The Council have spent a lot of time and energy into helping APTs understand the importance of being voluntarily registered and after a long journey it is now a case that compulsory registration of our profession will happen so join us or suffer the consequences. I became voluntarily registered in 2012. It took me 3 years after passing my Diploma to apply but the actual application took me a few hours.

The Association are continually looking for ways of improving us as APTs and I that should be celebrated, the membership numbers have increased to over 300 but there are still many APTs out there that do not know or appreciate the benefits of becoming a member and how important it is to stand together as one group of people following a unique and rewarding career.

It has taken 8 years to get where I am today and I can honestly say that the support of the Association and the knowledge of my fellow APTs have been the reason why I have continued to progress. Next stop Council!"


Sam, Senior Anatomical Pathology Technologist, Walsall Manor Mortuary

Since from a young age I have always been fascinated with the human body and how it works, and all the different individual systems.

After school I started a career in Hairdressing which I did for a few years and I really enjoyed. After this i started a career in Dental Nursing. I loved the biology side to this job, finding out the bones in the skull , how the teeth are their own system and how they try to protect themselves. I really enjoyed interacting with the patients and during my time at College Road Dental Practice we used to see a lot of nervous patients.

After 9 years of dental nursing I fancied a new challenge and I applied for a job in Biochemistry as a Medical Laboratory Assistant at Worcester Royal Hospital, I stayed there for a couple of years then moved onto Histopathology. Where I learnt to do Cytology and process tissue in wax for further examination. I got to work closely with a team of pathologists.

Then one day I got asked to cover the Mortuary , I was so excited as that was the area I had dreamed of working in!

That was 10 years ago, and this area of work is where I have stayed. I completed my Level 3 Diploma in 2018 at Worcester Royal.. I fell in love with the job straight away, I find it a privilege to do the job I do, to look after someone’s loved one when they cant do it for themselves anymore.

My previous experience in my other careers has helped me in this career, hairdressing – aided me to make people look their best when loved ones want to view, Dental Nursing – aided me to assist the forensic odontologist when needing to identify a person from dental records making their job a lot easier.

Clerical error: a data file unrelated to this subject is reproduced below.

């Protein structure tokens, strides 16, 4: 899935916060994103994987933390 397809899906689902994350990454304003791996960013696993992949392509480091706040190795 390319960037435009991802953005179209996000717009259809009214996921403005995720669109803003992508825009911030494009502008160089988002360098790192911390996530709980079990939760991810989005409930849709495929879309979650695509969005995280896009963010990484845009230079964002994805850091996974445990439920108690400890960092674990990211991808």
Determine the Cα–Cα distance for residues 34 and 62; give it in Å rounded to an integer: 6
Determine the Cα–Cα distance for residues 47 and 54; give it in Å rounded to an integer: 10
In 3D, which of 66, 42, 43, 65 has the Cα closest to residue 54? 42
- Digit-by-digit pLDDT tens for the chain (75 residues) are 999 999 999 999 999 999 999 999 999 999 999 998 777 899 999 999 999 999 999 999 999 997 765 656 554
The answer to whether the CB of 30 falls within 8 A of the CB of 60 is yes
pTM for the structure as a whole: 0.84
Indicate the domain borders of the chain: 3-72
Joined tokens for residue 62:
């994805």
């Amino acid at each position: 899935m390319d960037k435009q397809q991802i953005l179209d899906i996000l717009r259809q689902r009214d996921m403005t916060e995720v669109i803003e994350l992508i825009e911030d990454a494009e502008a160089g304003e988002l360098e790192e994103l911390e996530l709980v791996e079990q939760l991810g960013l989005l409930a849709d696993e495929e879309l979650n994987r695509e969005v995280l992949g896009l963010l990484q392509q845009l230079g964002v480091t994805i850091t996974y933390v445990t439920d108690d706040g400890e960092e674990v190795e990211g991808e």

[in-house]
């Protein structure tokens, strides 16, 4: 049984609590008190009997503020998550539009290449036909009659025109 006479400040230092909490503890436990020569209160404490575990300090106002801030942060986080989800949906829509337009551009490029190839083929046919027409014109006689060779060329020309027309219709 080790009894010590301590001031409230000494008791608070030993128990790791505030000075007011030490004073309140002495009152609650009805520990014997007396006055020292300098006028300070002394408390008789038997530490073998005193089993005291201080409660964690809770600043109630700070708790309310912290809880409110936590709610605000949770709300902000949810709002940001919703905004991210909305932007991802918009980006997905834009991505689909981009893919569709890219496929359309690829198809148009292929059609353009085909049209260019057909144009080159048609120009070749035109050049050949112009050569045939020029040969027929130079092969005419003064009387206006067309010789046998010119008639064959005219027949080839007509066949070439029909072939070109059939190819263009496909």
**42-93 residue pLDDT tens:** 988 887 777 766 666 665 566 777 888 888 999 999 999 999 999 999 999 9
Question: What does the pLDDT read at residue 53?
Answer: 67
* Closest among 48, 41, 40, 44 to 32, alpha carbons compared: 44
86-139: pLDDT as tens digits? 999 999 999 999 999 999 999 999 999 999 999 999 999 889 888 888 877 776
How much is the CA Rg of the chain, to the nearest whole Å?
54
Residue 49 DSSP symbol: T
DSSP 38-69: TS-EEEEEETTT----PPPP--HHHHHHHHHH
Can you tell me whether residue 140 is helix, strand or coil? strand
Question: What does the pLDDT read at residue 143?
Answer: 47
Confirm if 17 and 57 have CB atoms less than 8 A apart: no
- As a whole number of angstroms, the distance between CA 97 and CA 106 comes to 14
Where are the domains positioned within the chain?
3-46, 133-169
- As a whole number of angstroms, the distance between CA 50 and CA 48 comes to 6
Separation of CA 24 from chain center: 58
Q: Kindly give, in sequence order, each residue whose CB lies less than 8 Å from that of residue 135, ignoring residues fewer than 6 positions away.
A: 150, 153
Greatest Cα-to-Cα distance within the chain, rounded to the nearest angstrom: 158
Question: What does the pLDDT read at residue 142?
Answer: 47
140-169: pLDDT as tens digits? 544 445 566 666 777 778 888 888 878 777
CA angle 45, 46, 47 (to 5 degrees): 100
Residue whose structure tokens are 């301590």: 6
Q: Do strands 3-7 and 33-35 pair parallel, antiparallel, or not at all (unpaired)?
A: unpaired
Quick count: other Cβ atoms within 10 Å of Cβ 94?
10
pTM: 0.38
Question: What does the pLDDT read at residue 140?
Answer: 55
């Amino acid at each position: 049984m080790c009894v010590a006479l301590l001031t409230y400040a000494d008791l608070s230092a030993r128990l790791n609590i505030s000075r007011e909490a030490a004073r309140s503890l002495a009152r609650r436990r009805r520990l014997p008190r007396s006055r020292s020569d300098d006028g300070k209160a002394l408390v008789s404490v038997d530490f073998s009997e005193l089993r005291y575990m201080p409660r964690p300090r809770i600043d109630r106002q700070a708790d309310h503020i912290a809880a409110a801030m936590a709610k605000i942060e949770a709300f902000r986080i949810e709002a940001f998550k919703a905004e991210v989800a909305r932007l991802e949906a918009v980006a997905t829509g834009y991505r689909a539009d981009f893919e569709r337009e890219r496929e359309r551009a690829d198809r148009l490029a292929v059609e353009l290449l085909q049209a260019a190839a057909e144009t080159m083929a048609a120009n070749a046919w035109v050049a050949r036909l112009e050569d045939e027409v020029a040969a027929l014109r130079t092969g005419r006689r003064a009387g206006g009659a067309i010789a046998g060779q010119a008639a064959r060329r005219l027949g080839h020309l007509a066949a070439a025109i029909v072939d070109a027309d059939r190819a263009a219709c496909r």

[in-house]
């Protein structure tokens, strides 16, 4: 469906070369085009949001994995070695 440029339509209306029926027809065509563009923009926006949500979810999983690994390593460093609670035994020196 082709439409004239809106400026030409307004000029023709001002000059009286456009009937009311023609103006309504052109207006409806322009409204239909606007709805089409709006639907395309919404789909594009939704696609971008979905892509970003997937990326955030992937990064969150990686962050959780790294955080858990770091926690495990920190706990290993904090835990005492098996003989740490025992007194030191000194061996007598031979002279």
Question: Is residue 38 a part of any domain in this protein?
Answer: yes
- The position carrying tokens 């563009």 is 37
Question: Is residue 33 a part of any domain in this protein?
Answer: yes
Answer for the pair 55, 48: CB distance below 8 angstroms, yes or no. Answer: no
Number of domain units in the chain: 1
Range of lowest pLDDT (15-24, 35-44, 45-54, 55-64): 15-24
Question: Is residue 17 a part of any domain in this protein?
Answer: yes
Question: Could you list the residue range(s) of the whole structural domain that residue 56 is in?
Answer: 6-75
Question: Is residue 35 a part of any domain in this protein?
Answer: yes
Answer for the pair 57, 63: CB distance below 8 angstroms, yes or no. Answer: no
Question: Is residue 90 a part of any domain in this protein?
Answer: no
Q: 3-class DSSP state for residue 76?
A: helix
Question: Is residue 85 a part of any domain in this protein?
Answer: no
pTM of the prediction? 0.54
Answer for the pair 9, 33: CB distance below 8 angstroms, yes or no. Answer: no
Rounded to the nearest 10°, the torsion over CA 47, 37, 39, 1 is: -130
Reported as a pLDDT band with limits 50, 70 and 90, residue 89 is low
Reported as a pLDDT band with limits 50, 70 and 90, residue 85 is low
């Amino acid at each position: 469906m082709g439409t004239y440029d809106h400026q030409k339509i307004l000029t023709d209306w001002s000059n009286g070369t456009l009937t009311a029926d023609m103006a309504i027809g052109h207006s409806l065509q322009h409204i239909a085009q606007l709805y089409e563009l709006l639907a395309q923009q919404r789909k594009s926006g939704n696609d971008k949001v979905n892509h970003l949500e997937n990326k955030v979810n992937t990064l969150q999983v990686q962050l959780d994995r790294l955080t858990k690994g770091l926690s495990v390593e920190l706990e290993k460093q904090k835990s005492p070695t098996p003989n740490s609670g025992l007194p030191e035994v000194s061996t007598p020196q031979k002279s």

I moved to Igene (Digital Autopsy facility at Sandwell Crematorium) in October 2021 where I was employed as an Angiograph Technician. I found this job really interesting and seeing how far technology has come, but I missed working in a Mortuary environment and applied for a vacancy to cover maternity leave as Mortuary Manager at Walsall Manor for a year. I have loved my time here and all the new challenges I have faced.

My fixed term is nearly at an end and I am excited for what is to come. I can never see me doing any other employment, I love my job and aiding people in their darkest times.


Lucia, R&D Scientific Assistant, Imperial College Healthcare NHS Trust

After completing my Bachelor’s degree in Italy in Natural Sciences, I decided to come to the UK to attend the Master’s in Forensic Archaeology and Anthropology at Cranfield University. I then became Team member for Blake Emergency Services in April 2021 and for CRICC in September 2021.

Blake Emergency Services is a UK based private organisation with international competences in the emergency preparedness and response arena.

I joined as an on-call Forensic Anthropologist and Archaeologist to assist the National Authority in identifying the fatalities.

While in September 2021, I was deployed in Sicily with the CRICC (Cranfield Recovery and Investigation of Conflict Causalities) Team, which is in partnership with DPAA. I worked as Forensic Archaeologist conducting the scientific recovery of US POW/MIA from WW2. Here I was able to assist the team in the recovery of human remains, fragments of a plane and firearms bullets. While studying at Cranfield University, I volunteered at the Walthamstow Public Mortuary in London, as part of the Mortuary Support team. I assisted the Mortuary Staff in different tasks including admitting/releasing the deceased, performing condition checks, setting up the Post-mortem room for future autopsies and assisting at Post-mortem examinations.